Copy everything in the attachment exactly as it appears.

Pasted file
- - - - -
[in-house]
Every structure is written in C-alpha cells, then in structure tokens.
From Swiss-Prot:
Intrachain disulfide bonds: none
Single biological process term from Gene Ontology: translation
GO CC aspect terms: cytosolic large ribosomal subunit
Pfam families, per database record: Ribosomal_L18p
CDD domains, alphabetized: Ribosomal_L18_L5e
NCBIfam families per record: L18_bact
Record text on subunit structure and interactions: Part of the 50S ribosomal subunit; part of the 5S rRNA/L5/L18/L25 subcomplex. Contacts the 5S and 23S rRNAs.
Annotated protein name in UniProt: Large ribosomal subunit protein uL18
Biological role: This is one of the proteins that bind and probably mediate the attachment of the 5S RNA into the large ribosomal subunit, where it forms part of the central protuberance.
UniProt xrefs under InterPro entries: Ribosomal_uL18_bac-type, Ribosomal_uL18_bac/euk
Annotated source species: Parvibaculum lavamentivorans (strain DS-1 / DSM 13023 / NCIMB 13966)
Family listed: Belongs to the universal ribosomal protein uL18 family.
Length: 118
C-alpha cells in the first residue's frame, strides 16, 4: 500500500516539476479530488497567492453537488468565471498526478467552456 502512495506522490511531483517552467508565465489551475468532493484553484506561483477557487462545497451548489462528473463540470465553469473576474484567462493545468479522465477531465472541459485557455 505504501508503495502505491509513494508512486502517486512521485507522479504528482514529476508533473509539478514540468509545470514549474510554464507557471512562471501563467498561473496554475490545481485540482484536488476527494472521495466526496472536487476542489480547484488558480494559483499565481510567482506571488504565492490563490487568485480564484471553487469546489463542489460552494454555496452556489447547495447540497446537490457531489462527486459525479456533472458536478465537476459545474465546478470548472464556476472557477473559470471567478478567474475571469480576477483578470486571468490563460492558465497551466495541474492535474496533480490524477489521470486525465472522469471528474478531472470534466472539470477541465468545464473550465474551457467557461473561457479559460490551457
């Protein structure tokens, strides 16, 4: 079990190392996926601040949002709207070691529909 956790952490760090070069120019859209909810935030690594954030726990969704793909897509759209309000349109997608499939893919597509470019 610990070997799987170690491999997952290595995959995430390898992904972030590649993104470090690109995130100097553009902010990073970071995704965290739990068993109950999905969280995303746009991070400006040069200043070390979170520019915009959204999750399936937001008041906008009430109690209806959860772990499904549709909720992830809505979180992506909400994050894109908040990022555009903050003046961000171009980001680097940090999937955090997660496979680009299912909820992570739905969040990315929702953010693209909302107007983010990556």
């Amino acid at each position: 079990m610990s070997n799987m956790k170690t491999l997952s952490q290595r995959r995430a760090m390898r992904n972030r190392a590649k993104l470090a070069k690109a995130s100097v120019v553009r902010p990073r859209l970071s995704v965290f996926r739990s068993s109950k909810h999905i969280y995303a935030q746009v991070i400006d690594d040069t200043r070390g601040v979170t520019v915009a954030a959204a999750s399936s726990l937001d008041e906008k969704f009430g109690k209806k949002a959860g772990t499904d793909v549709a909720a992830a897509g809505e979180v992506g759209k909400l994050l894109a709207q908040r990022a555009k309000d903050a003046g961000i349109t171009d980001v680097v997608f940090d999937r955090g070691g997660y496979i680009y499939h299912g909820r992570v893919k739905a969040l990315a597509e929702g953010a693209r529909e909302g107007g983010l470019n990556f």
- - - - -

[in-house]
Every structure is written in C-alpha cells, then in structure tokens.
From Swiss-Prot:
Intrachain disulfide bonds: none
Single biological process term from Gene Ontology: translation
GO CC aspect terms: cytosolic large ribosomal subunit
Pfam families, per database record: Ribosomal_L18p
CDD domains, alphabetized: Ribosomal_L18_L5e
NCBIfam families per record: L18_bact
Record text on subunit structure and interactions: Part of the 50S ribosomal subunit; part of the 5S rRNA/L5/L18/L25 subcomplex. Contacts the 5S and 23S rRNAs.
Annotated protein name in UniProt: Large ribosomal subunit protein uL18
Biological role: This is one of the proteins that bind and probably mediate the attachment of the 5S RNA into the large ribosomal subunit, where it forms part of the central protuberance.
UniProt xrefs under InterPro entries: Ribosomal_uL18_bac-type, Ribosomal_uL18_bac/euk
Annotated source species: Parvibaculum lavamentivorans (strain DS-1 / DSM 13023 / NCIMB 13966)
Family listed: Belongs to the universal ribosomal protein uL18 family.
Length: 118
C-alpha cells in the first residue's frame, strides 16, 4: 500500500516539476479530488497567492453537488468565471498526478467552456 502512495506522490511531483517552467508565465489551475468532493484553484506561483477557487462545497451548489462528473463540470465553469473576474484567462493545468479522465477531465472541459485557455 505504501508503495502505491509513494508512486502517486512521485507522479504528482514529476508533473509539478514540468509545470514549474510554464507557471512562471501563467498561473496554475490545481485540482484536488476527494472521495466526496472536487476542489480547484488558480494559483499565481510567482506571488504565492490563490487568485480564484471553487469546489463542489460552494454555496452556489447547495447540497446537490457531489462527486459525479456533472458536478465537476459545474465546478470548472464556476472557477473559470471567478478567474475571469480576477483578470486571468490563460492558465497551466495541474492535474496533480490524477489521470486525465472522469471528474478531472470534466472539470477541465468545464473550465474551457467557461473561457479559460490551457
């Protein structure tokens, strides 16, 4: 079990190392996926601040949002709207070691529909 956790952490760090070069120019859209909810935030690594954030726990969704793909897509759209309000349109997608499939893919597509470019 610990070997799987170690491999997952290595995959995430390898992904972030590649993104470090690109995130100097553009902010990073970071995704965290739990068993109950999905969280995303746009991070400006040069200043070390979170520019915009959204999750399936937001008041906008009430109690209806959860772990499904549709909720992830809505979180992506909400994050894109908040990022555009903050003046961000171009980001680097940090999937955090997660496979680009299912909820992570739905969040990315929702953010693209909302107007983010990556």
């Amino acid at each position: 079990m610990s070997n799987m956790k170690t491999l997952s952490q290595r995959r995430a760090m390898r992904n972030r190392a590649k993104l470090a070069k690109a995130s100097v120019v553009r902010p990073r859209l970071s995704v965290f996926r739990s068993s109950k909810h999905i969280y995303a935030q746009v991070i400006d690594d040069t200043r070390g601040v979170t520019v915009a954030a959204a999750s399936s726990l937001d008041e906008k969704f009430g109690k209806k949002a959860g772990t499904d793909v549709a909720a992830a897509g809505e979180v992506g759209k909400l994050l894109a709207q908040r990022a555009k309000d903050a003046g961000i349109t171009d980001v680097v997608f940090d999937r955090g070691g997660y496979i680009y499939h299912g909820r992570v893919k739905a969040l990315a597509e929702g953010a693209r529909e909302g107007g983010l470019n990556f």